Thu, 14 Dec 17 00:14:00 -0800

In the not-too-distant future, nanoparticles delivered to a cancer patient's immune cells might teach the cells to destroy tumors. A flu vaccine might look and feel like applying a small, round Band-Aid to your skin. These are examples of how innovative biomaterials could enhance vaccines against HIV and other infectious diseases and immunotherapies for patients with cancer or dampen responses in autoimmune disorders, allergies and transplanted organ recipients. A review appears in Trends in Immunology.

Cellular self-digestion process triggers autoimmune disease

Wed, 13 Dec 17 00:04:40 -0800

Autophagy allows cells to degrade and recycle their cellular components. Researchers at UZH have now demonstrated that the autophagy machinery in certain immune cells leads to the immune system attacking the central nervous system. The researchers are using these findings as a basis to look into new approaches to treating autoimmune diseases such as multiple sclerosis.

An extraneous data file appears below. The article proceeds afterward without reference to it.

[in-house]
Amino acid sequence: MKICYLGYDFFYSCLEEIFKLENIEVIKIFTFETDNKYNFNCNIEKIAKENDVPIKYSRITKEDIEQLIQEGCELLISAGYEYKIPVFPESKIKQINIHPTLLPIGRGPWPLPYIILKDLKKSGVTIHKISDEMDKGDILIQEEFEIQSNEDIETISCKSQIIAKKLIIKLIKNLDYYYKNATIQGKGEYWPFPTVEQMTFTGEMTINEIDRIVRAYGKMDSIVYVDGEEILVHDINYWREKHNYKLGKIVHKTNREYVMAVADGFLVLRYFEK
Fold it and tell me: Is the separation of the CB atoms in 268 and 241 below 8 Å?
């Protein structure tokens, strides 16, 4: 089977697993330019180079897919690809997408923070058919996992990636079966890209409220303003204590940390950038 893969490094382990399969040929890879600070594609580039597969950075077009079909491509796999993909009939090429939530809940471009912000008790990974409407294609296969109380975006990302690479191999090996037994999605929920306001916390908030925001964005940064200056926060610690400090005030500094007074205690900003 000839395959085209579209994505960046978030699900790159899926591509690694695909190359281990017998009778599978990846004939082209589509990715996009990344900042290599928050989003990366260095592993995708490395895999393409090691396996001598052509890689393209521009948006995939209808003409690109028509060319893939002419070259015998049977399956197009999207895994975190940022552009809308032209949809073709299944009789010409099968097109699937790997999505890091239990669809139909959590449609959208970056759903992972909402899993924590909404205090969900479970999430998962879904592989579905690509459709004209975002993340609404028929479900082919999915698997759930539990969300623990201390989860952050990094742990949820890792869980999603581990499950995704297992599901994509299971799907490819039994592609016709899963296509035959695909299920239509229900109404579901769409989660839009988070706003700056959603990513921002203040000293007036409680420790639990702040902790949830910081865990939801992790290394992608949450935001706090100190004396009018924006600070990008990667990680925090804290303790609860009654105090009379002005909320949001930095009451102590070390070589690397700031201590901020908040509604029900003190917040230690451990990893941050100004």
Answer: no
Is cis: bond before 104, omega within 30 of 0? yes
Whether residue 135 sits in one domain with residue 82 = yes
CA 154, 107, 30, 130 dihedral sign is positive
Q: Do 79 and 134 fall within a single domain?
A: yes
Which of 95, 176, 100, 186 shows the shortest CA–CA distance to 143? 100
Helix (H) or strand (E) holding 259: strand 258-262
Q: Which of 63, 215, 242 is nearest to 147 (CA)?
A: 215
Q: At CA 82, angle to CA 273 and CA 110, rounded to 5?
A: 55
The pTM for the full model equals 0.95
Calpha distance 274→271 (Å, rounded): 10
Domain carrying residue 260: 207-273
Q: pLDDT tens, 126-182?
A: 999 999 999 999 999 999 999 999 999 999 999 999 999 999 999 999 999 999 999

Memory T cells responsible for long-term immunity have been cross-trained

Wed, 13 Dec 17 00:04:10 -0800

St. Jude Children's Research Hospital and Emory University research offers insight into origins of the T cells that provide enduring immune protection; findings should aid vaccine development and cancer immunotherapies.

Single-dose vaccine could provide faster protection in cholera epidemics

Mon, 11 Dec 17 00:12:50 -0800

Each year there are more than three million cases of cholera worldwide. Research at the University of Maryland School of Medicine now shows that giving a stronger single-dose of a live oral vaccine could be an effective tool in controlling outbreaks more quickly.